WASHINGTON, D.C. – Today, Congressman Jamie Raskin (MD-08), a member of the Congressional Animal Protection Caucus, and Representatives Fred Upton (MI-06), Lucy McBath (GA-06) and Young Kim (CA-39) introduced the bipartisan Bring Animals Relief and Kibble (BARK) Act, to provide liability protections for pet suppliers donating food and supplies to animal shelters. By eliminating a current donation deterrent, the BARK Act would help recover millions of pounds of food waste for animal shelters in need.
“No shelter pet should go hungry, especially not when pet stores nationwide are throwing away surplus food,” said Rep. Raskin. “We can empower pet stores to instead donate to animal shelters by removing bureaucratic disincentives. The BARK Act will give pet stores the same protections that grocery stores and markets already have when donating to food banks. This is a commonsense, bipartisan way to increase efficiency, reduce waste and promote charity for animals. I’m thankful to Reps. Upton, McBath and Kim for joining me in this effort.”
“Animal shelters are a real lifeline for the tens of thousands of dogs, cats, birds, and other pets that would otherwise have no home,” said Rep. Upton. “During the COVID pandemic, these shelters faced major food shortages – particularly as donations plummeted due to virus-related restrictions – but other reforms must be made to shore up pet food supplies. That’s why I’m proud to support this bipartisan legislation that will lessen restrictions on crucial donations, easily allow folks to deliver pet food to shelters, and benefit animals nationwide.”
“While the last year and half saw increased pet adoption activity nationwide, it also revealed a critical need to bolster pet food supplies for these animal shelters,” said Rep. McBath. “In the face of COVID-related challenges, the BARK Act will eliminate barriers, mitigate waste, and direct surplus pet food to shelters in need. I am proud to support bipartisan legislation that will nurture America’s shelter animals as they await adoption to their forever homes.”
“Nearly 8 million animals currently in shelters are struggling due to increased food shortages during the COVID-19 pandemic. At the same time, millions of pounds of useable pet supplies are wasted each year that could be going to animals in need,” said Rep. Kim. “I’m glad to help lead this commonsense, bipartisan effort to reduce waste in landfills and support animal shelters in need.”
“As the COVID-19 pandemic has revealed, there is a tremendous need for innovative, flexible and resilient supply chains. For community animal shelters and rescues located across the country, that includes critical resources like pet food,” said Katie Kraska, director of federal legislation for the ASPCA. “The ASPCA applauds Rep. Jamie Raskin and the bipartisan leadership team for introducing the BARK Act to create more options for commercial pet food donations for agencies that care for dogs, cats, and other vulnerable animals in need.”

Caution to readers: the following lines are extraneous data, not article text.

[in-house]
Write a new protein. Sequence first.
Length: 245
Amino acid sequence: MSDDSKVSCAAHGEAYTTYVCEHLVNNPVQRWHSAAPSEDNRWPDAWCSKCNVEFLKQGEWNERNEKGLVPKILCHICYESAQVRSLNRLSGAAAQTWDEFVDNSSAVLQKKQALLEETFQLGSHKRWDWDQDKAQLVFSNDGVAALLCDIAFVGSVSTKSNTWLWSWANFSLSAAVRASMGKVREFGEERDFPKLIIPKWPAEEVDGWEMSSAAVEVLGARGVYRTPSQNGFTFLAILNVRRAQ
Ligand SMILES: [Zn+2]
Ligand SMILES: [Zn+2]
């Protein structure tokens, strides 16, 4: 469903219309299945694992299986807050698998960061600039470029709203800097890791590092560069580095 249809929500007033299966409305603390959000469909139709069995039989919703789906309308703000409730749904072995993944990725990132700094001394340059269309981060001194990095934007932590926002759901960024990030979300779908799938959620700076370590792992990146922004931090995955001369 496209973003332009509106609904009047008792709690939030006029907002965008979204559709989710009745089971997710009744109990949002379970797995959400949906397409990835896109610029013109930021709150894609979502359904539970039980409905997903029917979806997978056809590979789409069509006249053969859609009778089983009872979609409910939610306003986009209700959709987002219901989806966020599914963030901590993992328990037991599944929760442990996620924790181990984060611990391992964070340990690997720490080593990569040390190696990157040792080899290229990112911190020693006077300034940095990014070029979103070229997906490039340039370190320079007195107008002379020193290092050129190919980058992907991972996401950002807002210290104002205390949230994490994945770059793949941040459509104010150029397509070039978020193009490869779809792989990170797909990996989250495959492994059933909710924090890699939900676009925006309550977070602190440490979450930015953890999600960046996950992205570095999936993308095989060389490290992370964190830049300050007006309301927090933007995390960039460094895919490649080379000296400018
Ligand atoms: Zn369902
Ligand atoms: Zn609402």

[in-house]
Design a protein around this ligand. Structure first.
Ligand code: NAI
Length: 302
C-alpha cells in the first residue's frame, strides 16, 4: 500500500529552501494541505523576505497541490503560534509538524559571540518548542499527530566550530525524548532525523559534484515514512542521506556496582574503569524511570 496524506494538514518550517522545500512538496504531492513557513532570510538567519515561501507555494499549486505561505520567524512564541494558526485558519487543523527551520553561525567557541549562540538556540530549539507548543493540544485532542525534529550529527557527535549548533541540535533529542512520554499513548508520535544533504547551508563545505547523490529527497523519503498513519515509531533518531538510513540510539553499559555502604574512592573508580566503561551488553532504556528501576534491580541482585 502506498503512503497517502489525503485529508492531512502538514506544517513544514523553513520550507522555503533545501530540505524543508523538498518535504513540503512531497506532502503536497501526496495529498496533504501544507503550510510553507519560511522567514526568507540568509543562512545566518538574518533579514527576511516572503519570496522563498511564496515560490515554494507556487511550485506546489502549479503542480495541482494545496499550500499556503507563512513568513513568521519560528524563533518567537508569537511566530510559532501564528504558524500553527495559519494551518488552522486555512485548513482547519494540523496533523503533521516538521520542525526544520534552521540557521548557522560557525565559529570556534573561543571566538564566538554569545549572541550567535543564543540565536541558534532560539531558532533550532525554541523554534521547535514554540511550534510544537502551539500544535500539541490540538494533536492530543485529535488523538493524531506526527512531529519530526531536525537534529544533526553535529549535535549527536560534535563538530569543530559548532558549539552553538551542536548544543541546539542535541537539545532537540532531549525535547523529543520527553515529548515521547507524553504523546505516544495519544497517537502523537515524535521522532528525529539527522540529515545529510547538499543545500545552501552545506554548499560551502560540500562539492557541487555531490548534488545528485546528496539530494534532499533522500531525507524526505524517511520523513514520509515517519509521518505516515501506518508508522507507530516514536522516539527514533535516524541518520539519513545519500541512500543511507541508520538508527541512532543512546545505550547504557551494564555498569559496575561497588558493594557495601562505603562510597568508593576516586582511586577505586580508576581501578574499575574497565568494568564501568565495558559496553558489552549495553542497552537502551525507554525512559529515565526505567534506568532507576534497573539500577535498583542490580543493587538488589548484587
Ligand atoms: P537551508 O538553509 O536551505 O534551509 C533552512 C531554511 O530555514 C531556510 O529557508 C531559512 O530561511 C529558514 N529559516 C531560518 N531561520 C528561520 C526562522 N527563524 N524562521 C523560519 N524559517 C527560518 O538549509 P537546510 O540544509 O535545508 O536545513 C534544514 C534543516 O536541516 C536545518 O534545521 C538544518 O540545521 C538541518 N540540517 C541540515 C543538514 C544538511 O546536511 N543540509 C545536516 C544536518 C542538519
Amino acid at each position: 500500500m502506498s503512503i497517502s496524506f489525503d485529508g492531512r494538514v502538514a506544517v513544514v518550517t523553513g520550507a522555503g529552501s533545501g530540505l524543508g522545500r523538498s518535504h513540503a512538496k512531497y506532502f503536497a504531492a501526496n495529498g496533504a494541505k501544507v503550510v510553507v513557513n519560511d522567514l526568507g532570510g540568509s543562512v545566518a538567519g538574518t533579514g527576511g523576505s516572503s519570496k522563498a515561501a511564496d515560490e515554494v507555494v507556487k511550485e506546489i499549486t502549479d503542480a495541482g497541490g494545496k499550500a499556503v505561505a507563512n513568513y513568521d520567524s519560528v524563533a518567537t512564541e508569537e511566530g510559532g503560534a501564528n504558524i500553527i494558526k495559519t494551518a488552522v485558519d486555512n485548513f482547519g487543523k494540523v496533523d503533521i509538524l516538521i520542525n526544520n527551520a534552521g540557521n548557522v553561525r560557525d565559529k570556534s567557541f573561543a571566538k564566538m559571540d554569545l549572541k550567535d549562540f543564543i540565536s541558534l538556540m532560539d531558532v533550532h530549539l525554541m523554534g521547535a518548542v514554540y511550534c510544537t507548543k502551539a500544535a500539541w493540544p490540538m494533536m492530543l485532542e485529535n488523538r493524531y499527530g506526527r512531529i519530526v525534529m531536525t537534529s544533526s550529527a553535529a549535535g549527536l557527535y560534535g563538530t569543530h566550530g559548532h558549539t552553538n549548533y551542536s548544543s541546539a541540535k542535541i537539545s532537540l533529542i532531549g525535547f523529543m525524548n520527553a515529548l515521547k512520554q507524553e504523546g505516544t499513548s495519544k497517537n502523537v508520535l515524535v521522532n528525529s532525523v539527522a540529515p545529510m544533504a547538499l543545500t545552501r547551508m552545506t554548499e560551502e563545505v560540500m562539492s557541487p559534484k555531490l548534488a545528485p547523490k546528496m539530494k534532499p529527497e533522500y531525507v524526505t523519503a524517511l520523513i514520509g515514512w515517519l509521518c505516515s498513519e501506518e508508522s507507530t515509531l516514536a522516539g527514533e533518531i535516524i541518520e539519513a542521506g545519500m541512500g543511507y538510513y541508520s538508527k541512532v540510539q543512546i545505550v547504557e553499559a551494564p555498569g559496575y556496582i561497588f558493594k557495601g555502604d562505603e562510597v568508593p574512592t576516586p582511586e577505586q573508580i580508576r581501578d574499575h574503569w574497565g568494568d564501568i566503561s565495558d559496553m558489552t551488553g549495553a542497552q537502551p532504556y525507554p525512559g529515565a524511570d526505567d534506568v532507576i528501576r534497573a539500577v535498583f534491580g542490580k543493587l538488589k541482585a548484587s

“Some animal shelters are juggling finances to ensure rescued cats and dogs have all they need to thrive and find their permanent homes. We applaud Representatives Raskin, Kim, McBath and Upton for sponsoring the BARK Act to encourage pet stores to donate food and supplies to shelters to help those animals to be adopted,” said Sara Amundson, President of the Humane Society Legislative Fund. “Americans love their pets and this will help all of them to have a fighting chance at a forever family.”
“The Animal Welfare Institute is grateful to Reps. Raskin, Kim, McBath, and Upton for acting so quickly to respond to a genuine crisis for animal shelters,” said Nancy Blaney, Director of Government Affairs at the Animal Welfare Institute. “By removing a barrier to donations of surplus pet supplies from pet stores, the BARK Act will make it easier for shelters to continue their important work of caring for animals and helping them to find their forever homes.”
“Thank you, Representatives Raskin, Kim, McBath and Upton for sponsoring the much-needed BARK Act, encouraging pet stores to donate food and supplies to shelters in need,” said Julie Castle, CEO of Best Friends Animal Society. “This infusion of resources means budget strapped shelters can divert those dollars to other critical lifesaving programs. Every animal deserves a second chance at life when entering a shelter, and the BARK Act will make that dream a closer reality."
Every year, pet stores throw away tons of expired pet food instead of donating to animal shelters out of fear that they can be held legally liable by the shelters. And in recent months, animal shelters around the country have reported overcrowding, concerns about running low on pet food and a drop-off in charitable donations during the pandemic. The BARK Act would help mitigate the food shortages facing shelters, while also helping to reduce the millions of pounds of pet food that end up wasted in landfills each year.
The BARK Act amends the bipartisan Bill Emerson Good Samaritan Act of 1996 (Emerson Act), which provides criminal and civil liability protections to people and businesses that make good faith donations of food to nonprofits serving needy individuals, to include donations of pet food and supplies to animal shelters.
The BARK Act has the support of 20 co-sponsors in the House of Representatives and has been endorsed by the Animal Welfare Institute, the ASPCA, Best Friends Animal Society and the Humane Society.
To read the full text of the bill, click here.